CANNON MONTH 2: The Black Torment (1964)

EDITOR’S NOTE: Cannon didn’t produce this movie but did release it on video in Germany on the Scotia/Cannon label.

Made by Compton Films, directed by Robert Hartford-Davis and written by Derek and Donald Ford. I watched this because those three men also made one of the wildest British horror movies, Corruption, which we all know is not a woman’s picture.

It feels like British filmmakers trying to make an Italian film, as it starts with Lucy Judd (Edina Ronay) being chased through the woods by a black hooded figure and strangled. We then meet Sir Richard Fordyke (John Turner) and his new bride Elizabeth (Heather Sears) who have come to town so that she may meet her father-in-law Sir Giles Fordyke (Joseph Tomelty). She worries about her first impression, but his father has been weakened by a stroke and can only speak sign language, which can only be understood by his first wife’s sister Diane (Ann Lynn). And oh yeah — Anne killed herself a few years ago when she was told she couldn’t get pregnant. Oh these British upper-crust families and their horrific family trees!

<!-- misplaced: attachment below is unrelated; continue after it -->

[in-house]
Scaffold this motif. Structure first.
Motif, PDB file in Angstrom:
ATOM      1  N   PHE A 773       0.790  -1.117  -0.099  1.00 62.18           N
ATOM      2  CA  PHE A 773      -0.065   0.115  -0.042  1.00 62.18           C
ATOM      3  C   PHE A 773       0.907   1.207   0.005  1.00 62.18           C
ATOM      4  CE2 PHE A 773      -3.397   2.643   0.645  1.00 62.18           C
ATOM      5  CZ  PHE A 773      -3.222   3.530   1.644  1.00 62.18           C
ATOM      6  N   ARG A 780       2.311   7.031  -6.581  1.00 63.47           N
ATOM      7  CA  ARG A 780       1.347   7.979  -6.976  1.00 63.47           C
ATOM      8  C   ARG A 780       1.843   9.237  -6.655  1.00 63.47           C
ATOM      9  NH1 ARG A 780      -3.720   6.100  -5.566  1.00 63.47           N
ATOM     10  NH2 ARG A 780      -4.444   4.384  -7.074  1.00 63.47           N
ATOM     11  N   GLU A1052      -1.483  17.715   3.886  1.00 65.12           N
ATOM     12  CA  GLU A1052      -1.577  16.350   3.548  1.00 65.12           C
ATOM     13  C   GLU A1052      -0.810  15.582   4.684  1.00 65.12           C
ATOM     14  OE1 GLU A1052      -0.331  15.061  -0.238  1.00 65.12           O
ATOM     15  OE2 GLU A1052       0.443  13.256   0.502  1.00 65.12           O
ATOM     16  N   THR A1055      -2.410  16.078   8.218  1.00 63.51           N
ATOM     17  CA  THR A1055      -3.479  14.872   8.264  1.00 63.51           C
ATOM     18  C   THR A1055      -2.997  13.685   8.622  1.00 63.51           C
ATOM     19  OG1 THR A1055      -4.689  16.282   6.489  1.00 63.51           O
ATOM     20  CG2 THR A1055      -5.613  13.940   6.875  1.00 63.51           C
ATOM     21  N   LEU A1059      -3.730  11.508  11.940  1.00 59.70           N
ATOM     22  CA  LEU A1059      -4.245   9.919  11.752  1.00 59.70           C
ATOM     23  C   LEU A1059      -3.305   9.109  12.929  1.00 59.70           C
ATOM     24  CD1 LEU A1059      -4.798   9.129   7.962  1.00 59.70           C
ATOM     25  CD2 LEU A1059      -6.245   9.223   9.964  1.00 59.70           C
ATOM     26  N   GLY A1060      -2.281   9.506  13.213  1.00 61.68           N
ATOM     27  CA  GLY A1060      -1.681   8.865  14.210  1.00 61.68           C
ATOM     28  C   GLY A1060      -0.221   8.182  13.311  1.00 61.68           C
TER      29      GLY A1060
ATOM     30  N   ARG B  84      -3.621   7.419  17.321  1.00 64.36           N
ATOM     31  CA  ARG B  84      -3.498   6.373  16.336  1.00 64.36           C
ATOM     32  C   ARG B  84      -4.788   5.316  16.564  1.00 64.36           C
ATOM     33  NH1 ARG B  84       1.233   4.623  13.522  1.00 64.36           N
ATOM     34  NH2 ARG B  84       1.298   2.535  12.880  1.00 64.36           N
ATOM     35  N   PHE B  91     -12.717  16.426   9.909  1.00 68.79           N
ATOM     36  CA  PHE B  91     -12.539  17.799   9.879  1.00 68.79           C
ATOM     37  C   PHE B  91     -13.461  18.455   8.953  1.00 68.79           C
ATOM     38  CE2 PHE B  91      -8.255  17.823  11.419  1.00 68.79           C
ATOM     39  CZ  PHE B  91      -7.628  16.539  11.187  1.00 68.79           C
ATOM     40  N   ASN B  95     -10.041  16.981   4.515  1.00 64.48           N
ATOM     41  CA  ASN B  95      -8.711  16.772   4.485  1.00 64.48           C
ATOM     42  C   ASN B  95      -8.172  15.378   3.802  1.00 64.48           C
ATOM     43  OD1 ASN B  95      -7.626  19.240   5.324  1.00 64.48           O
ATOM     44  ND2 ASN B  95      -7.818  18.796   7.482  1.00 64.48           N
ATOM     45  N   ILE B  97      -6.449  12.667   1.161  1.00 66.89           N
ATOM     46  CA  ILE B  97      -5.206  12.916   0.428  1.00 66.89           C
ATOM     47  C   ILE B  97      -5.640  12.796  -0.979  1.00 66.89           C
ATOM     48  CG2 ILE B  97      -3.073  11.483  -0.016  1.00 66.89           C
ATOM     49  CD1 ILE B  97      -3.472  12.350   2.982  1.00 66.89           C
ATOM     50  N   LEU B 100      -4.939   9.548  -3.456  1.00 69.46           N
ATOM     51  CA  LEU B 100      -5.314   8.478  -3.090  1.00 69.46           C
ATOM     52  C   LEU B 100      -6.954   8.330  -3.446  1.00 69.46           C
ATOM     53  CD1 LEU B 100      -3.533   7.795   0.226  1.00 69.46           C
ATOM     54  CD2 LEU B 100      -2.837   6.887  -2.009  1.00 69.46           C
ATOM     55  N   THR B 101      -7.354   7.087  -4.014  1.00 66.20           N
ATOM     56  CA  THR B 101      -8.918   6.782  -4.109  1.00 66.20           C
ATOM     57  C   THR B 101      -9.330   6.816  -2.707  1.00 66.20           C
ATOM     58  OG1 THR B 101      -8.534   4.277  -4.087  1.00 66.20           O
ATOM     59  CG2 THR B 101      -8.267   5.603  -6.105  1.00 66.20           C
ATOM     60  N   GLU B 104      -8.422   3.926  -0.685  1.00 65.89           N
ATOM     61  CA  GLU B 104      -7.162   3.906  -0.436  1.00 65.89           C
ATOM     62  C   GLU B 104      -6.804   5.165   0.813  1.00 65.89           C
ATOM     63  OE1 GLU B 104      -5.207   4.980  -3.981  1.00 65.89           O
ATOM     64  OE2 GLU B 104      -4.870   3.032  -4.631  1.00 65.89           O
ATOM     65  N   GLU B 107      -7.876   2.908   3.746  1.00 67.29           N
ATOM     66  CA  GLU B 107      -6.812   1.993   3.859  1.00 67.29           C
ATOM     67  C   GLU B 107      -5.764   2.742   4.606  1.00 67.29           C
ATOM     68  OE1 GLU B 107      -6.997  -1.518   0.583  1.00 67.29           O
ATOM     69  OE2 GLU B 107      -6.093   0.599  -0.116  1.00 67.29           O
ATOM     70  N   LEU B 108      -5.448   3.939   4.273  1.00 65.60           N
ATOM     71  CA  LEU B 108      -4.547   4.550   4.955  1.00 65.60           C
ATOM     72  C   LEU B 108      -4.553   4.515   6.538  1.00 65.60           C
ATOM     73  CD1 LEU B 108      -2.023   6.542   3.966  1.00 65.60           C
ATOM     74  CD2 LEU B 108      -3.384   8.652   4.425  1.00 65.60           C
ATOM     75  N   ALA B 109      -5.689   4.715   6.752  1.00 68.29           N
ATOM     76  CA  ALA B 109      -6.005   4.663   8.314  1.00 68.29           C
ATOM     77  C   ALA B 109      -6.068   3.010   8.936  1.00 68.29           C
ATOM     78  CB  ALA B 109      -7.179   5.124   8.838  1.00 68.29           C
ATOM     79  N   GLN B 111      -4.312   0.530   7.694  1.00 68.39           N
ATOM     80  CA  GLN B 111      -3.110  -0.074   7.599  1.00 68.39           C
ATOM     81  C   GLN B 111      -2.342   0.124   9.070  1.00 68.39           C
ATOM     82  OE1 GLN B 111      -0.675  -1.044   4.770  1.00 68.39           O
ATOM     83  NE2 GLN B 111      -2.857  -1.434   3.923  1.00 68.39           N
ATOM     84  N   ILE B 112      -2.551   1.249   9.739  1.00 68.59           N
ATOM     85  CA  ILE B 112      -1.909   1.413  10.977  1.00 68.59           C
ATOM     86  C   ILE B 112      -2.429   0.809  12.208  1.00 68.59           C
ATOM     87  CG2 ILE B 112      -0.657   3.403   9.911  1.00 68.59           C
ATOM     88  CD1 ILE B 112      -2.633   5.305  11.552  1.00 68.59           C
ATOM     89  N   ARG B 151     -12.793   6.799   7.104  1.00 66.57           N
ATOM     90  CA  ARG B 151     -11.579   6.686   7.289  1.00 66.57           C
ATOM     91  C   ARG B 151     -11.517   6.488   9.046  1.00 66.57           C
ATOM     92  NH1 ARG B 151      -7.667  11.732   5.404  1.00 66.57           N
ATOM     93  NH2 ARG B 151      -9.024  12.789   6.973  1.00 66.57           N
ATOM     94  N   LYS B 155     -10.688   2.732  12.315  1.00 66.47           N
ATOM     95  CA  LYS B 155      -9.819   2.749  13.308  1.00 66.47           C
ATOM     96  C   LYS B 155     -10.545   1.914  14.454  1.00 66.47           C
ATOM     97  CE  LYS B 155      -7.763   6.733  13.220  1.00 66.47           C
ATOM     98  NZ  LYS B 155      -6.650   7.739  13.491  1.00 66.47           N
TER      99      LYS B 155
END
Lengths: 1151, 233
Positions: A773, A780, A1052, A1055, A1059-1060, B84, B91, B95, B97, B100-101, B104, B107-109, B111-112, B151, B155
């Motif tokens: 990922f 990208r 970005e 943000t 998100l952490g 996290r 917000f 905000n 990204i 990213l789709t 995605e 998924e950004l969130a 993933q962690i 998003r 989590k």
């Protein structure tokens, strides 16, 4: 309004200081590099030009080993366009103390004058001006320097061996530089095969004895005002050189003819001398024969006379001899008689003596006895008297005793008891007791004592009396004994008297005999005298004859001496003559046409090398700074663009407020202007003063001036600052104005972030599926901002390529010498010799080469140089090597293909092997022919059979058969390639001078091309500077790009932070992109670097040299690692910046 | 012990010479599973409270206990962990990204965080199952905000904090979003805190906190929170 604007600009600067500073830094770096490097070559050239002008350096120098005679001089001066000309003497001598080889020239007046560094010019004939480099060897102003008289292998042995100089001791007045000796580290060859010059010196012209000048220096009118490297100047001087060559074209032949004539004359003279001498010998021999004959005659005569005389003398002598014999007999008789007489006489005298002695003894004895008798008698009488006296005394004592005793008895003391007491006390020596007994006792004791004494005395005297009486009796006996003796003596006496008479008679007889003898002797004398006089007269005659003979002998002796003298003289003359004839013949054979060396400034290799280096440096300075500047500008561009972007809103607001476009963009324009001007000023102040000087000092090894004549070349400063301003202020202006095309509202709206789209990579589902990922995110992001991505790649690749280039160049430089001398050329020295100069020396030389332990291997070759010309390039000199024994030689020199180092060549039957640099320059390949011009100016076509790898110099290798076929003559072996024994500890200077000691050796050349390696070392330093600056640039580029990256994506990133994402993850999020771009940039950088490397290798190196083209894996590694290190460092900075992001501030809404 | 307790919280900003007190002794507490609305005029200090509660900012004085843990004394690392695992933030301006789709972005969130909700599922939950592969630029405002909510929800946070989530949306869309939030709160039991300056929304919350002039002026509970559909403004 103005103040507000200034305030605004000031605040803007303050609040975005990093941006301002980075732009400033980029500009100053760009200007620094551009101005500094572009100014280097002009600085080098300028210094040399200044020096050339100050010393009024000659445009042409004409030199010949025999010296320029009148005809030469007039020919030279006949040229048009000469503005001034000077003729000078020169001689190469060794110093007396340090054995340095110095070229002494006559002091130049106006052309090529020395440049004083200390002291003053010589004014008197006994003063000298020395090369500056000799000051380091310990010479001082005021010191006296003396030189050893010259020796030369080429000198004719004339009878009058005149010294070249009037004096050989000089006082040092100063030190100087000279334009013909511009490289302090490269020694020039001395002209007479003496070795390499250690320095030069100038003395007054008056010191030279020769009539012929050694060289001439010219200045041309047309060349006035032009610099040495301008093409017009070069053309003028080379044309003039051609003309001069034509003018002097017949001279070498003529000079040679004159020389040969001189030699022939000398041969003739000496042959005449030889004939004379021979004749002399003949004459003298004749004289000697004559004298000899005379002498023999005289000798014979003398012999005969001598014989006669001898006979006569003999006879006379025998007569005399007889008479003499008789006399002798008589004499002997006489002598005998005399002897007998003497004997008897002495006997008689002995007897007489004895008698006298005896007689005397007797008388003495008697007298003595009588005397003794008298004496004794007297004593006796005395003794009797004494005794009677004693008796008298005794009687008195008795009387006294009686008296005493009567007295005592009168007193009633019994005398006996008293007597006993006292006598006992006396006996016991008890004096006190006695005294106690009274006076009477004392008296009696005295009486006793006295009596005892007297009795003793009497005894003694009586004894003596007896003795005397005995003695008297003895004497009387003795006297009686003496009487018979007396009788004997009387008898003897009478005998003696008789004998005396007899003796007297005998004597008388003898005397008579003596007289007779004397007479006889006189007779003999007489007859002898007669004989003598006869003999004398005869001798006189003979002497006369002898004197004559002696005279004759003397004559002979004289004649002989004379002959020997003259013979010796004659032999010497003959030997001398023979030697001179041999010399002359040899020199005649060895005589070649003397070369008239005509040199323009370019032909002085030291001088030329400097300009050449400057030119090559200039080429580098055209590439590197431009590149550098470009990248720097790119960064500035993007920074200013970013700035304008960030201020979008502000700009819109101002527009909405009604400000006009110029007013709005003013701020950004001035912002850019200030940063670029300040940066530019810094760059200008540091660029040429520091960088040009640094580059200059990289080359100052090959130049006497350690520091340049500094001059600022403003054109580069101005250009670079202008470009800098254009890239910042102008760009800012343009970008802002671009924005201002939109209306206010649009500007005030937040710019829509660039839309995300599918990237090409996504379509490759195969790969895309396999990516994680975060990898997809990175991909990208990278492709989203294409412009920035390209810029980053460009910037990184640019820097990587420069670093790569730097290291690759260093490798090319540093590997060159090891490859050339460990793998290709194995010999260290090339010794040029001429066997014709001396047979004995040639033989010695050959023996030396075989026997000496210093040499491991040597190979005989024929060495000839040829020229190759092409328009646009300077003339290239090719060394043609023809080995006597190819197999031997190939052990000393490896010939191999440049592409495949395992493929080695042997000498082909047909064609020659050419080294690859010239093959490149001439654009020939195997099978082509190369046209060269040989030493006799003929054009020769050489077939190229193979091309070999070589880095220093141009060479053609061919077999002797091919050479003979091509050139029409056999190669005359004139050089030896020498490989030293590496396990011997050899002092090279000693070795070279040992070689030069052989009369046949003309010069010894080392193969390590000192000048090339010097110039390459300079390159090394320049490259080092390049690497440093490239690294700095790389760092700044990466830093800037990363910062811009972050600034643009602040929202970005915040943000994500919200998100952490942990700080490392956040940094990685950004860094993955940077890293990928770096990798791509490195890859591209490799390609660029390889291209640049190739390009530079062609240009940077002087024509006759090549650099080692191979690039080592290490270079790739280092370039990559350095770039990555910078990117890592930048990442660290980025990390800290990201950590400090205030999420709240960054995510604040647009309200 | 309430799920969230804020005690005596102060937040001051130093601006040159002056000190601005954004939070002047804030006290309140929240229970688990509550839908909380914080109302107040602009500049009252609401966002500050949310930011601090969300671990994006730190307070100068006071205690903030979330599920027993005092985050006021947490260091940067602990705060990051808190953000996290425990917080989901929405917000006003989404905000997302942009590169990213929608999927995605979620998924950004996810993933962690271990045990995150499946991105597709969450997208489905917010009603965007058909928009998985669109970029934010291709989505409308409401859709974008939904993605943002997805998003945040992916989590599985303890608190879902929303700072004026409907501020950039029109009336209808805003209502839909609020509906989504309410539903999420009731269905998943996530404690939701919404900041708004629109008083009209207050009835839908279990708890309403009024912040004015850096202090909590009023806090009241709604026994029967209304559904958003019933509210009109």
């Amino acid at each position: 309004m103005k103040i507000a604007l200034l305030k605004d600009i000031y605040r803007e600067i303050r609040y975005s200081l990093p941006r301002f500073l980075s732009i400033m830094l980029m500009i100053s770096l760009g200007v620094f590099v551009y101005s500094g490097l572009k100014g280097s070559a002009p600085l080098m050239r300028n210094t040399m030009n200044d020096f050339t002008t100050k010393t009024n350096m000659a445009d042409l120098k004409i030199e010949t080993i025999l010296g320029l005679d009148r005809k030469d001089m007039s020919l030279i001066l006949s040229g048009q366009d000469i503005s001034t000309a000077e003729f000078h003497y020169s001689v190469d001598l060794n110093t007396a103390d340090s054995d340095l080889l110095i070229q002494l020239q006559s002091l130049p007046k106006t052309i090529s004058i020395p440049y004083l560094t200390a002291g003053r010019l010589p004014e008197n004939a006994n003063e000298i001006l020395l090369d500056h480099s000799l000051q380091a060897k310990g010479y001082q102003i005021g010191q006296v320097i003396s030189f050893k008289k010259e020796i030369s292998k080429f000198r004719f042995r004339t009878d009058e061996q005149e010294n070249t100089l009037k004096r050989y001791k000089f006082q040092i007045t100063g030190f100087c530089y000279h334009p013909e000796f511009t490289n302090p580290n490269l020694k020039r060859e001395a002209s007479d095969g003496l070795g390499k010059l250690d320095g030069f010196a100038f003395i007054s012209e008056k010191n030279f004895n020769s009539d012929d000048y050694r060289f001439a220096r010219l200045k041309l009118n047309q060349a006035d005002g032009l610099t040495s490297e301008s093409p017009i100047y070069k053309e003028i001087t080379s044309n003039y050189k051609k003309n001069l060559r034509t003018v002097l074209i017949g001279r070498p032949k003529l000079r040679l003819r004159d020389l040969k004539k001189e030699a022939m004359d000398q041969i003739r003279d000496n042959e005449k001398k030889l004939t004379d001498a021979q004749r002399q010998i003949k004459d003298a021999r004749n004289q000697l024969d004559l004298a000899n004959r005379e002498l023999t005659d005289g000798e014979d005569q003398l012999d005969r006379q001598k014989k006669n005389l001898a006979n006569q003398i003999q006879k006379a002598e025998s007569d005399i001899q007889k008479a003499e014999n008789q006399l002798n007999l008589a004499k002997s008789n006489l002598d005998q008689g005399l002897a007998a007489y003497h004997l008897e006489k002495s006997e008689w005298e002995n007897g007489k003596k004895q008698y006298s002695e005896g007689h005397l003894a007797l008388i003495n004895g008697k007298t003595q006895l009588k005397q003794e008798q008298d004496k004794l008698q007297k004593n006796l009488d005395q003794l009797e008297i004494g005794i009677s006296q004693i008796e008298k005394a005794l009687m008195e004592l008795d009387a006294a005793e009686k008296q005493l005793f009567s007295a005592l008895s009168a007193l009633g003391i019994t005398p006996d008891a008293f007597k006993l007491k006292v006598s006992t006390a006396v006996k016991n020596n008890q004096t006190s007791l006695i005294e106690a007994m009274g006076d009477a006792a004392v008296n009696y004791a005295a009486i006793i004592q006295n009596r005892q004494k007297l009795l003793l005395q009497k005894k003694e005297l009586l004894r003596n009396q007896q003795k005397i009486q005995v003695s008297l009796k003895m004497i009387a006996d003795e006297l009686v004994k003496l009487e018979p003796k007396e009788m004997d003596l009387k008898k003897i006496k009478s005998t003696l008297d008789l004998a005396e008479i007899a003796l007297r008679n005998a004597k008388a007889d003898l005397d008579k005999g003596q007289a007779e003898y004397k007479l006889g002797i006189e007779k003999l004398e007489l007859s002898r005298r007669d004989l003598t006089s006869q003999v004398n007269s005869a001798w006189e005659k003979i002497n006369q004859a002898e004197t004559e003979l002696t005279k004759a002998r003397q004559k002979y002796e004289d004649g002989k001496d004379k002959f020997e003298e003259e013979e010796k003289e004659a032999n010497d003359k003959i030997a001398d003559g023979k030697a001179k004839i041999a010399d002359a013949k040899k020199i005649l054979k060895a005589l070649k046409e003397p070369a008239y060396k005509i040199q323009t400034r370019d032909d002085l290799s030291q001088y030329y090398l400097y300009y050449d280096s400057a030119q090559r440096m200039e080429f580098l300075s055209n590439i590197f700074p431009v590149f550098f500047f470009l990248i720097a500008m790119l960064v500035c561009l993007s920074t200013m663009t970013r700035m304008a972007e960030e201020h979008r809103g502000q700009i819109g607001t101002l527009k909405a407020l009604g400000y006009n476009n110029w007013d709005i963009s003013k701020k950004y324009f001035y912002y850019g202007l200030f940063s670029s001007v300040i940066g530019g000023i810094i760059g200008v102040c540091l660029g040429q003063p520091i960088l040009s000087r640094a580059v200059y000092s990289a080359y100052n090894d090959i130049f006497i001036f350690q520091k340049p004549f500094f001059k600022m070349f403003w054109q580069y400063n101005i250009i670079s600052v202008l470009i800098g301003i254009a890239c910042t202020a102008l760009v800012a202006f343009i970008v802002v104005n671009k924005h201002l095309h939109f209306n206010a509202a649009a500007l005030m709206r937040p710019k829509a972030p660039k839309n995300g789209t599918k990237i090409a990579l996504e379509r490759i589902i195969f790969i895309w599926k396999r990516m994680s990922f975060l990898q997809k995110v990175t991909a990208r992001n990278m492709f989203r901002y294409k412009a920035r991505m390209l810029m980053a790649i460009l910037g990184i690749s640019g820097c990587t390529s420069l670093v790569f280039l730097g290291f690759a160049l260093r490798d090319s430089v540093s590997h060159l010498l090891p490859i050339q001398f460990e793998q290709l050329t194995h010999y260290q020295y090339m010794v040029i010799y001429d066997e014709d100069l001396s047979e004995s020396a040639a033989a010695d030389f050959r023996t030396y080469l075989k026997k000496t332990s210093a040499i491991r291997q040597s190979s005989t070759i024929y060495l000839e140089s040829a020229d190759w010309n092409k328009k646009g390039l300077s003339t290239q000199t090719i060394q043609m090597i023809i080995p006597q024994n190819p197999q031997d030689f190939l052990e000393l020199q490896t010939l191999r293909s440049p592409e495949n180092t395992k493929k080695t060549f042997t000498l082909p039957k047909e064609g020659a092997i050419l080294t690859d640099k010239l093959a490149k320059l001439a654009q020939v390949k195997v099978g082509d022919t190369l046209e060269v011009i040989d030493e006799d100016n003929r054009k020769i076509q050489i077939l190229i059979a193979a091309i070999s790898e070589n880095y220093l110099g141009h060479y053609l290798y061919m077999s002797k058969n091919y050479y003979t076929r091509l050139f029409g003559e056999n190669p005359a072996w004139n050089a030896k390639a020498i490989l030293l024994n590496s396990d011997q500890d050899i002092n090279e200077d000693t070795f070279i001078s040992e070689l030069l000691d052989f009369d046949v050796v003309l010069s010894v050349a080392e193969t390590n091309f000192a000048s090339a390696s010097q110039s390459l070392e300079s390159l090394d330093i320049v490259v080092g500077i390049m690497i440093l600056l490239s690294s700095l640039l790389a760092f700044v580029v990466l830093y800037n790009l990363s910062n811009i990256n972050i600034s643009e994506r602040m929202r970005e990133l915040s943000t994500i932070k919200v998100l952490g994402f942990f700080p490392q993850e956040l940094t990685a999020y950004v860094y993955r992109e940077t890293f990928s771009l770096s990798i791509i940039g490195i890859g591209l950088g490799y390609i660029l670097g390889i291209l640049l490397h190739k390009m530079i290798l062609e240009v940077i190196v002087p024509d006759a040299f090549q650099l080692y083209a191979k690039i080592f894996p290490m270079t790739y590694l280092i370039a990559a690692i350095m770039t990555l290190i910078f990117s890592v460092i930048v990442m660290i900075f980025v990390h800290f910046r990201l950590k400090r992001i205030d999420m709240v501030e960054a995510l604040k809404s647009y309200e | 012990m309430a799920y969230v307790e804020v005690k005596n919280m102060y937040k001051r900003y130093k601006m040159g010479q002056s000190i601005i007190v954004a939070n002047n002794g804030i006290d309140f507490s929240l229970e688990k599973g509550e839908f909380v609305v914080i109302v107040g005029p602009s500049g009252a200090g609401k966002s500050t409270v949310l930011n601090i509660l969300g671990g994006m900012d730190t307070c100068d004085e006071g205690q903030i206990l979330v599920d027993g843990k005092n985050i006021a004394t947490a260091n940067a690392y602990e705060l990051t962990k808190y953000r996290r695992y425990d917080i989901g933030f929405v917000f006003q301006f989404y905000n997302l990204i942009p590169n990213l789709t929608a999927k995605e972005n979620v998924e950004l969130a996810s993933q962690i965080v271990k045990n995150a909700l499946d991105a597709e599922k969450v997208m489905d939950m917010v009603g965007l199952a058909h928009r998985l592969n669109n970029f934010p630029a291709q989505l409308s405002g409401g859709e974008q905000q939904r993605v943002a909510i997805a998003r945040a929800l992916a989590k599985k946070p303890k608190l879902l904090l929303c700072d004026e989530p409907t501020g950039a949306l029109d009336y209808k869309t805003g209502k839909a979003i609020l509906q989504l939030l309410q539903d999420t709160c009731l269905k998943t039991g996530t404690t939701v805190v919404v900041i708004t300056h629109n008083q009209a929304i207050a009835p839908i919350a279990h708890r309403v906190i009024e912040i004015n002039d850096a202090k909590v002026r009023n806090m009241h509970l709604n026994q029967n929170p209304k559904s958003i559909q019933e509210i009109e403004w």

When they finally get there, everyone — from villagers to family — treats them with cold eyes and whispers, because the rumor is that Richard killed Lucy, even if he was far away in London at the time. Witchcraft is in town and the Fordykes are said to be the cause. In fact, there are reports of Richard riding his horse about the village while the dead Anne follows him shouting “Murderer!”

Obviously, someone is trying to destroy Richard. But who? And why?

If you enjoy period dramas with a bit of the supernatural thrown in, well, this is certainly for you. I love that Hartford-Davis would go on to direct a toy tie-in movie, Gonks Go Beat, as well as School for Unclaimed GirlsIncense for the Damned and The Fiend.

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